Maharashtra to adopt e-Manas, mental healthcare software from Karnataka
Developed in collaboration with the NIMHANS and the International Institute of Information Technology Bangalore (IIITB), the software is currently being used in Karnataka
Mumbai: Maharashtra is all set to adopt e-Manas, an online mental healthcare management system, that will consist of a statewide digital registry of mental health establishments, mental health professionals, persons with mental illnesses and their treatment records.
Developed in collaboration with the National Institute of Mental Health and Neurosciences (NIMHANS) and the International Institute of Information Technology Bangalore (IIITB), the software is currently being used in Karnataka. A memorandum of understanding (MoU) has been drafted between NIMHANS, the Karnataka government and Maharashtra which is likely to be executed in January 2022.
“Implementation of the e-Manas software will ease the access of patients to mental health facilities as well as professionals,” said Dr Kanchan Wanere, assistant director (mental health), Directorate of Health Services, Maharashtra.
“It will take about two to three months to completely adapt and start working on the software,” she said. The software will be customised as per Maharashtra’s needs. The state has already sanctioned around ₹70 lakh for the customisation and technical manpower.
Mandated under the Mental Healthcare Act of 2017, the e-Manas software has a clinical module for professionals, a mental healthcare directory module for registrations of facilities and professionals and a patient module where users can fill or download advanced directive applications, raise grievances in front of the Mental Health Review Board and access their treatment history.
As per the Act, an individual shall have the right to make an advance directive that states how he wants to be treated if and when he suffers from a mental health issue. The individual can also nominate his representative in the advanced directive.
Maharashtra has formed eight Mental Health Review Boards which will be linked to the e-Manas software. The boards will consist of the chief judicial magistrate and include other members such as a medical practitioner, a psychiatrist, two recovered psychiatric patients or caregivers and a representative of the district collector or district magistrate or deputy commissioner. Patients, caregivers or other parties can raise grievances on the software.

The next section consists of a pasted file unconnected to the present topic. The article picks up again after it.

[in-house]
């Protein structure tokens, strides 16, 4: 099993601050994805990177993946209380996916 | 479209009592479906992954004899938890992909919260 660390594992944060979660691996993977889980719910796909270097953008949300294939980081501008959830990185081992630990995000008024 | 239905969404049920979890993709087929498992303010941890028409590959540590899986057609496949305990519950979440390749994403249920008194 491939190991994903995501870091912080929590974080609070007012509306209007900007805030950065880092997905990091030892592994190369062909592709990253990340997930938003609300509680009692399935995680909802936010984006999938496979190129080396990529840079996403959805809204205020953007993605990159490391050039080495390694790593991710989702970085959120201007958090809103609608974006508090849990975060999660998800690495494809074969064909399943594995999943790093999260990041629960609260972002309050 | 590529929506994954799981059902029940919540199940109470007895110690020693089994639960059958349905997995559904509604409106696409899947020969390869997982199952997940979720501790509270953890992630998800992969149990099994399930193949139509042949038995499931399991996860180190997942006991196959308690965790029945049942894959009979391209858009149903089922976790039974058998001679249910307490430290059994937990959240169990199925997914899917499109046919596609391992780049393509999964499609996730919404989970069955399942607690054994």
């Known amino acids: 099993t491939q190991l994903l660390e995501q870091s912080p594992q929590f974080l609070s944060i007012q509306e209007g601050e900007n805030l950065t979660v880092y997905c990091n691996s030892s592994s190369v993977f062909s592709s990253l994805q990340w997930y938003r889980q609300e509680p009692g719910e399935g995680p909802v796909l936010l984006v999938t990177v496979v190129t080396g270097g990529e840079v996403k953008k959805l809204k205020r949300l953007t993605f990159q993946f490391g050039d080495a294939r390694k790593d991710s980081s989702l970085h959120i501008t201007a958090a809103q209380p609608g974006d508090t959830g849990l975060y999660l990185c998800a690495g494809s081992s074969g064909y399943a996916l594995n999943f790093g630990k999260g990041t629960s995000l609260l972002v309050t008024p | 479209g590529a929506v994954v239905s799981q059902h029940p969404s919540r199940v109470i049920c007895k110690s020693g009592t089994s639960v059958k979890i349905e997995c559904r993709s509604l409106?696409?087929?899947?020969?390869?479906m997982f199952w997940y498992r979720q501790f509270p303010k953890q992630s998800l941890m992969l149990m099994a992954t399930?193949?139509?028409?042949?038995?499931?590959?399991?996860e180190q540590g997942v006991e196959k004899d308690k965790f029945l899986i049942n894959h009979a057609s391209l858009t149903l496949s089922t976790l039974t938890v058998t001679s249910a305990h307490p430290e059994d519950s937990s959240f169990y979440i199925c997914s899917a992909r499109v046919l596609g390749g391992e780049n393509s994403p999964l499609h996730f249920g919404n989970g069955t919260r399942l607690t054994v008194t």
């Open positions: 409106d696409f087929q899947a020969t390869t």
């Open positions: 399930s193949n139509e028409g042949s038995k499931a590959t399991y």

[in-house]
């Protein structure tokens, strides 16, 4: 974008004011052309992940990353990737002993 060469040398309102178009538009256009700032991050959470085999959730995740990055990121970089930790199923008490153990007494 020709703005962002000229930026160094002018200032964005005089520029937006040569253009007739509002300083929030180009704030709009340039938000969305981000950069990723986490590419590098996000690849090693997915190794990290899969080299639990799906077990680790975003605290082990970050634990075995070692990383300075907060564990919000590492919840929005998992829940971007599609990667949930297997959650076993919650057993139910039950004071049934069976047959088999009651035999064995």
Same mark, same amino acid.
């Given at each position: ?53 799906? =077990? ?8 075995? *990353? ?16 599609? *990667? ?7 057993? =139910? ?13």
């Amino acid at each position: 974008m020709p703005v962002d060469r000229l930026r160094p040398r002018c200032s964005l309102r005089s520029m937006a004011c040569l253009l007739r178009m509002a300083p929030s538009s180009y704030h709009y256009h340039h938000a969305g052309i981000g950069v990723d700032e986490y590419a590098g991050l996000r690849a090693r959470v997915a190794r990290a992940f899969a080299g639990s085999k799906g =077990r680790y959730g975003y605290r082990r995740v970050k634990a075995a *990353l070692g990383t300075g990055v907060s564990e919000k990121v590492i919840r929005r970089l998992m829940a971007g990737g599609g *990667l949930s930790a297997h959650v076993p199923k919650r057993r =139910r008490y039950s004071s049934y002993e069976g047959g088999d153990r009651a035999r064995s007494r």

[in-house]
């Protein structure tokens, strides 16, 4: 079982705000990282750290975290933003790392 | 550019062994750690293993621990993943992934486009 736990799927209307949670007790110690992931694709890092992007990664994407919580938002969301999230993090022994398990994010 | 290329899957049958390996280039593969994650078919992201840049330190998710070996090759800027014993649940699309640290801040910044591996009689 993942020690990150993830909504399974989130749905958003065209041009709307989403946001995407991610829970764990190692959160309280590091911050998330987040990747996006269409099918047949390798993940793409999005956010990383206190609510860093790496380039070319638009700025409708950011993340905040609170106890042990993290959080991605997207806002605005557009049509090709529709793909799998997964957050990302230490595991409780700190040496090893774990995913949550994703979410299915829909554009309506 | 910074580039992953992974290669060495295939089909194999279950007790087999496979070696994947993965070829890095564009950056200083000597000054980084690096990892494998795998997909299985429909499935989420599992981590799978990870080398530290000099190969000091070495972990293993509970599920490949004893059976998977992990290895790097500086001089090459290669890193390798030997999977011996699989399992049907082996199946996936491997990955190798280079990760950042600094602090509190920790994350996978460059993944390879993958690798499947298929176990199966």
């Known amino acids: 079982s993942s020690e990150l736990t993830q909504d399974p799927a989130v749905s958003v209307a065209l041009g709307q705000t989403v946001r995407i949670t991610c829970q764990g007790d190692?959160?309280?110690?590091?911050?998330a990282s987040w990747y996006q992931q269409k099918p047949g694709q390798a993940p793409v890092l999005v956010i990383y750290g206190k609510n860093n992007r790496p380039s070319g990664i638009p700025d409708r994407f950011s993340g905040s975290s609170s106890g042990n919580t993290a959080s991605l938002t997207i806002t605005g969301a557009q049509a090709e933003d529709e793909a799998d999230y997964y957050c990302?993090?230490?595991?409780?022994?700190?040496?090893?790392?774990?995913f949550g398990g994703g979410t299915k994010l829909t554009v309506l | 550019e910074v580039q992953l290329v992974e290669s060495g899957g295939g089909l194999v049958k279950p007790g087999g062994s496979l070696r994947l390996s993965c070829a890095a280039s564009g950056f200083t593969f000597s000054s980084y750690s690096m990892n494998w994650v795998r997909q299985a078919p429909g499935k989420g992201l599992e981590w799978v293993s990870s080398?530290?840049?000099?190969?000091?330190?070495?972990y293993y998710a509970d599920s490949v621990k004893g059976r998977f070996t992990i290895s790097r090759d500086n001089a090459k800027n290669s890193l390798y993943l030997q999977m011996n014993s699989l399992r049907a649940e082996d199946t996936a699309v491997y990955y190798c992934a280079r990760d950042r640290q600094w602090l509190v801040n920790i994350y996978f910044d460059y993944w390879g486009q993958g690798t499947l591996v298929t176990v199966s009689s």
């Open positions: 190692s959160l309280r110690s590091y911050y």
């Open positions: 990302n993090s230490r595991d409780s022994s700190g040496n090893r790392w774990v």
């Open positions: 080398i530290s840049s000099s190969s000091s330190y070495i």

“All practising professionals in the public and private sector will have to be registered on the software, making it easy for the patients and caregivers to choose well-qualified professionals. Records of all patients who require admission will be on this software and can be accessed or reviewed by doctors with their permission,” said Dr Wanere.
Access to the patient data will be granted through one-time passwords authorised by patients. Thus, if a patient moves on to consult another doctor or migrates to another city within the state, his treatment history can be accessed by the new treating doctor.
“The 2017 Act mainly pertains to in-patients, meaning those requiring admissions. All the patient data stored in the software will only be of those who have required admissions in a mental health facility or hospitals,” said Dr Vijay Maskar, a medical officer with the Directorate of Health Services. The Centre is also considering the possibility of eventually linking the software nationally so that treatment records can be accessed anywhere in the country with patients’ approval.